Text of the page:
US government and civics
The Bill of Rights: lesson overview
A high-level overview of how the Constitution protects civil liberties.
When ratifying the Constitution, Federalists and Anti-Federalists disagreed about how individual liberties and rights are protected in the Constitution. The two groups eventually agreed to ratify the Constitution and add the Bill of Rights, a series of ten amendments that explicitly protects individual liberties and rights.
|Bill of Rights||Ten amendments added to the Constitution to protect individual liberties and rights from government interference|
|civil liberties||The rights of citizens to be free from undue government interference in their lives, including those rights guaranteed in the Bill of Rights and those established by long legal precedent (such as the right to marry or travel freely)|
|civil rights||The rights of citizens to be free of unequal or discriminatory treatment on the basis of race, gender, or membership in a particular demographic group|
|individual liberties||Constitutionally-established rights and freedoms protected by law from interference by the government|
Rights and liberties protected in the Bill of Rights
|First amendment||Freedom of religion, speech, press, assembly, and to petition|
|Second amendment||Right to keep and bear arms|
|Third amendment||Right to not quarter (or house) soldiers during time of war|
|Fourth amendment||Right to be protected from unreasonable search and seizure|
|Fifth amendment||Rights in criminal cases, including due process and protection from self-incrimination; no person can be tried for a serious crime without the indictment of a grand jury|
|Sixth amendment||Right to a speedy and public trial by an impartial jury, to an attorney, and to confront witnesses|
|Seventh amendment||Right to a trial by jury in civil cases|
|Eighth amendment||Right to not face excessive bail, fines, or cruel and unusual punishment|
|Ninth amendment||There are other rights besides the ones listed in the Bill of Rights and the federal government cannot violate those rights|
|Tenth amendment||All powers not given to the national government or prohibited to the states are reserved to states or to the people|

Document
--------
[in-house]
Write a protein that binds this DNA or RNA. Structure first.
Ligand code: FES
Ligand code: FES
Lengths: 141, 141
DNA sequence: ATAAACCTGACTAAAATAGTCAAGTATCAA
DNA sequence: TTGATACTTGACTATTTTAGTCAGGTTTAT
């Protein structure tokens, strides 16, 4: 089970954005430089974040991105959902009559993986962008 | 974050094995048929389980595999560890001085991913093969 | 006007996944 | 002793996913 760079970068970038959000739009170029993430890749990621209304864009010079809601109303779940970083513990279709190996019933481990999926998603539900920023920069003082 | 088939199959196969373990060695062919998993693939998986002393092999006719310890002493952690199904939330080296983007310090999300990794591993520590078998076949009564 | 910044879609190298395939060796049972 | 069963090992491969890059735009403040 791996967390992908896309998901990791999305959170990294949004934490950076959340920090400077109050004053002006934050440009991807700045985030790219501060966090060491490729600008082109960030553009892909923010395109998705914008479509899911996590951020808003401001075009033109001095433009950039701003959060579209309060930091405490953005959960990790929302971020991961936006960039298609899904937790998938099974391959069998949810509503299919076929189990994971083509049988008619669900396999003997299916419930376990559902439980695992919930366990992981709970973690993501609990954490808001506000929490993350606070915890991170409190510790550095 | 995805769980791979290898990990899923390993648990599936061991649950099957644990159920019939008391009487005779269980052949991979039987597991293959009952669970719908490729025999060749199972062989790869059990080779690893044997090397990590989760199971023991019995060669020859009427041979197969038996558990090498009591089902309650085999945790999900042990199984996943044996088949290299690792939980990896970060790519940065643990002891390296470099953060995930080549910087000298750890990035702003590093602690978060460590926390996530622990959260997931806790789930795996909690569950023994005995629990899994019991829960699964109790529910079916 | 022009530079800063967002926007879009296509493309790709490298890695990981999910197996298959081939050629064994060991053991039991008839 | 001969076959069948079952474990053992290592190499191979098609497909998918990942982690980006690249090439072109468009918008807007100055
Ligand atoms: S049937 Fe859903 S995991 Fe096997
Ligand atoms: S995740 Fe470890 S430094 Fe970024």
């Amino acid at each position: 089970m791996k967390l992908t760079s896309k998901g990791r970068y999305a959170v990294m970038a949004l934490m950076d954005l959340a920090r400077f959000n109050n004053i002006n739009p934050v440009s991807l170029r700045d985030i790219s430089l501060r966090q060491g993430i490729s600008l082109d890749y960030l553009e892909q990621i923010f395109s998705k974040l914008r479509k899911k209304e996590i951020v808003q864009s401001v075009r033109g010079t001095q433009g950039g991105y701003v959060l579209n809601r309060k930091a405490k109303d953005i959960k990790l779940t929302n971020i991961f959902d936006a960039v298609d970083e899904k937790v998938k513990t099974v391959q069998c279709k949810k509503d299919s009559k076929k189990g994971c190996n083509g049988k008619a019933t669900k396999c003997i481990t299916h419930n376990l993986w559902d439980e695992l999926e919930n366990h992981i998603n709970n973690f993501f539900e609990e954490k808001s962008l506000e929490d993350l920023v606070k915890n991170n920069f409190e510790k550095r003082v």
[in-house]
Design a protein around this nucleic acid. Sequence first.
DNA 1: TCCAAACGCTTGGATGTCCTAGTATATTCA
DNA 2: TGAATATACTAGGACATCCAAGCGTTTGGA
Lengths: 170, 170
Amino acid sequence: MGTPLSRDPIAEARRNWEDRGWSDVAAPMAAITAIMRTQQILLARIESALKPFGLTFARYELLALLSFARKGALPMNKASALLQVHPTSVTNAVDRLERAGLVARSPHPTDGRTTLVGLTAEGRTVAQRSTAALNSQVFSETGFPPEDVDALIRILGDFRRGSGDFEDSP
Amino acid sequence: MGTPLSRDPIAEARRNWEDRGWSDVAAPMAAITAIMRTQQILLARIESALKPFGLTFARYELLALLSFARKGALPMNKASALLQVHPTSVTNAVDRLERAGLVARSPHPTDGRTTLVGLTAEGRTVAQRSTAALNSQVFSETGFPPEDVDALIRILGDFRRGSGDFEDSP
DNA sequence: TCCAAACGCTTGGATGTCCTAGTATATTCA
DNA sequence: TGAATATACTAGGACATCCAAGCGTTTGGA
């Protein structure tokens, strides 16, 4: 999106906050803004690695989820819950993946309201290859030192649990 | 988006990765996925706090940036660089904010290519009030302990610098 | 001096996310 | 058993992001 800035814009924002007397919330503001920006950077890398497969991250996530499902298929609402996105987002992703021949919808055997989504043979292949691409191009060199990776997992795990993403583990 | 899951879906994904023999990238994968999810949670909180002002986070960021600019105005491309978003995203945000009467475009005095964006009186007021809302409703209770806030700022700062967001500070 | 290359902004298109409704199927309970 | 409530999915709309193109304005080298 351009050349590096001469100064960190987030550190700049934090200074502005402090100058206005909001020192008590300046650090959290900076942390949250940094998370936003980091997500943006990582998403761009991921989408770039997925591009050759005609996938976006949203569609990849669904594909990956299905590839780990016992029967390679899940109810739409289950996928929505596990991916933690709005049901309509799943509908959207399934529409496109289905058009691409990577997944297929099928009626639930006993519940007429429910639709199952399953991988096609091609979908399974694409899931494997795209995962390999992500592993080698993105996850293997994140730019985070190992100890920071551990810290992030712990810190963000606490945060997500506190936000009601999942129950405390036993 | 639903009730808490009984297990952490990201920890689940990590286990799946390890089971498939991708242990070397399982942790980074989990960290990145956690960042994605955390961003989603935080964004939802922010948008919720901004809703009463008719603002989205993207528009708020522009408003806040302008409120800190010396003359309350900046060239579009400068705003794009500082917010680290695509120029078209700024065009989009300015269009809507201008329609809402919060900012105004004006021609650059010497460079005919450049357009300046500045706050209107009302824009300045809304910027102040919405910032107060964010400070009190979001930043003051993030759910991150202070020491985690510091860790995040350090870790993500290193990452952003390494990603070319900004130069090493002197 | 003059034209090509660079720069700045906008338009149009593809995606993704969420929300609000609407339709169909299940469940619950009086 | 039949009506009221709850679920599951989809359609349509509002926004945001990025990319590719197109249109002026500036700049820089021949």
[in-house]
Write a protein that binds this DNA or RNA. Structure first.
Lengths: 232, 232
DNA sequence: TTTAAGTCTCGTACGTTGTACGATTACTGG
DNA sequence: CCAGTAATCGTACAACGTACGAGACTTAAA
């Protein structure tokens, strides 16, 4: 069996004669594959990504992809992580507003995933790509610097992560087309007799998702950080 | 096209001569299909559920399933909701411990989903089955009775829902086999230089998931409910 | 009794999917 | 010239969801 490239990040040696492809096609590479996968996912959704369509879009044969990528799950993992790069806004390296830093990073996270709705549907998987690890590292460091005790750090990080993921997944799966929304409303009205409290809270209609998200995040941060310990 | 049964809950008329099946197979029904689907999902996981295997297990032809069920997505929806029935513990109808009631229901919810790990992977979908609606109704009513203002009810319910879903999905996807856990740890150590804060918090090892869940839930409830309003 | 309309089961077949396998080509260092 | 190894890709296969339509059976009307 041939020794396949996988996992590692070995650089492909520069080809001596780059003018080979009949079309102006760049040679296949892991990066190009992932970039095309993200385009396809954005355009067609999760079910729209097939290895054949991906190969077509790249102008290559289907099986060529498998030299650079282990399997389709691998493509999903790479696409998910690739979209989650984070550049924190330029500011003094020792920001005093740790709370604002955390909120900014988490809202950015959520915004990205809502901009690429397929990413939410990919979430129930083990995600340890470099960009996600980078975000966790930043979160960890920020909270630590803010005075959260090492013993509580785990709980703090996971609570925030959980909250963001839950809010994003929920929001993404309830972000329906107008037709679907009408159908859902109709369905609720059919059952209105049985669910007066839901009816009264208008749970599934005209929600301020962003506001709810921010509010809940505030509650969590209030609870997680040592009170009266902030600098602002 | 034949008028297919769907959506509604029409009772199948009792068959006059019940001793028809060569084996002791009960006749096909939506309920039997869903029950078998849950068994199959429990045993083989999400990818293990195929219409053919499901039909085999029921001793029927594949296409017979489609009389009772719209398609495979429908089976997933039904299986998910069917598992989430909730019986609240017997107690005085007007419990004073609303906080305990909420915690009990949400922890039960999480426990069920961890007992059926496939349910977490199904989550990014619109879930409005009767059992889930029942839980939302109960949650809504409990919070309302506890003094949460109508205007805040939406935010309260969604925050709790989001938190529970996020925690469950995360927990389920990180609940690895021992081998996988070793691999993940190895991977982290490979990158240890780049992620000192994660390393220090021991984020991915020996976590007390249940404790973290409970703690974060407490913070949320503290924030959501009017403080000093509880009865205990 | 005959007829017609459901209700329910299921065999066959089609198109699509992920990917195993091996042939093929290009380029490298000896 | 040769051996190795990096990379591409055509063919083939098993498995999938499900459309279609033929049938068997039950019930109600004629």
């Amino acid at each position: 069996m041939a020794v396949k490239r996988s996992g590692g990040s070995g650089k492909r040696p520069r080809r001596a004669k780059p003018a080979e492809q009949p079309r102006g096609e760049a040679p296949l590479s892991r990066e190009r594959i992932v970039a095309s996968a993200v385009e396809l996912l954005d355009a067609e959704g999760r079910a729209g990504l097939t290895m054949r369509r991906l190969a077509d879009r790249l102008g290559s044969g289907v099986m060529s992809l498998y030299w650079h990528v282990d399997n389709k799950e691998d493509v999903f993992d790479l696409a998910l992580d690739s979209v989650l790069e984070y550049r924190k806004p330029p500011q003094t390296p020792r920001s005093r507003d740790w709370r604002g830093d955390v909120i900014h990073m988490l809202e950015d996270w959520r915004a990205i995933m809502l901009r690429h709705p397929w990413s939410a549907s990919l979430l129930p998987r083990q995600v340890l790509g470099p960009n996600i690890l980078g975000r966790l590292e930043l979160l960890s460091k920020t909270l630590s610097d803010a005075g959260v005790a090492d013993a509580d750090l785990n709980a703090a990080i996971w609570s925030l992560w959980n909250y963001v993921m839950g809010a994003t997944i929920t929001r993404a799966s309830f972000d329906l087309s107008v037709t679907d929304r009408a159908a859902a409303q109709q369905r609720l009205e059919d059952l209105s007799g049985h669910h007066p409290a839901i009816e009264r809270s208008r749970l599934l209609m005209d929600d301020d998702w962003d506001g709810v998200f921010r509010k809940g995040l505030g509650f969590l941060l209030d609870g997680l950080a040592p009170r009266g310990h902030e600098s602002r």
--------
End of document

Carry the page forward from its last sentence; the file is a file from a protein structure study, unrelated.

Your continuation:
The Bill of Rights protects individual liberties and rights: The Supreme Court is responsible for hearing cases and interpreting the application of the provisions in the Bill of Rights.
Since 1897, the Supreme Court has heard cases on potential state infringement of individual liberties and rights. The Court has found that the Bill of Rights must be upheld, even in states whose constitutions and laws do not protect fundamental liberties as fully as the Bill of Rights.
Requiring states to uphold the Bill of Rights is made possible through selective incorporation. Selective incorporation is the process by which the Constitution effectively inserts parts of the Bill of Rights into state laws and constitutions. In this way, selective incorporation is an implicit, not explicit, process. The Supreme Court decides whether state laws are unconstitutional because they violate the Bill of Rights.
What is an underlying principle to the Bill of Rights?
What are two provisions in the Bill of Rights that limit the powers of the national government?
Want to join the conversation?
- What are two provisions in the Bill of Rights that limit the powers of the national government(3 votes)
- I think they are talking about the 9th and 10th Amendments, which both give power to the states and people that would otherwise be given to the federal government.(9 votes)
- So are rights in the Bill of rights explicit rights? I am asking this because I keep hearing explicit rights and it says at the top, of the page, the first ten amendments explicitly, protect civil liberties and rights.(2 votes)
- Explicit rights are those that are publicly in writing or contracts, so that everybody knows about their existence. Rights contained in the Bill of Rights fit this. On the other had, implicit rights would be rights that the government hasn't actually made laws to protect, but that people know it would uphold. An example might be the right to move and travel.(7 votes)
- how many admedments are in the bill of rigths(1 vote)
- first 10 ammendements!(0 votes)
- why do the bill of rights limit the power of the national government(2 votes)
- why is my uncle pregnant?(0 votes)
- The underlying principle to the bill of rights is there are certain freedoms that the government should not be allowed to interfere with. The 2 main ideas for the bill of rights is a person can not be tried twice for the same offense or have property taken away without just compensation.(0 votes)
- Rights that are not delegated to federal government reserved to the sates or the people.
The right to accused to speedy and public trial, jury of peers and assistance of counsel(0 votes)
- what are the two provinces of the bill of rights(0 votes)
- Plagiarism is not tolerated on KA.(0 votes)
- How many century have the civil right been form?(0 votes)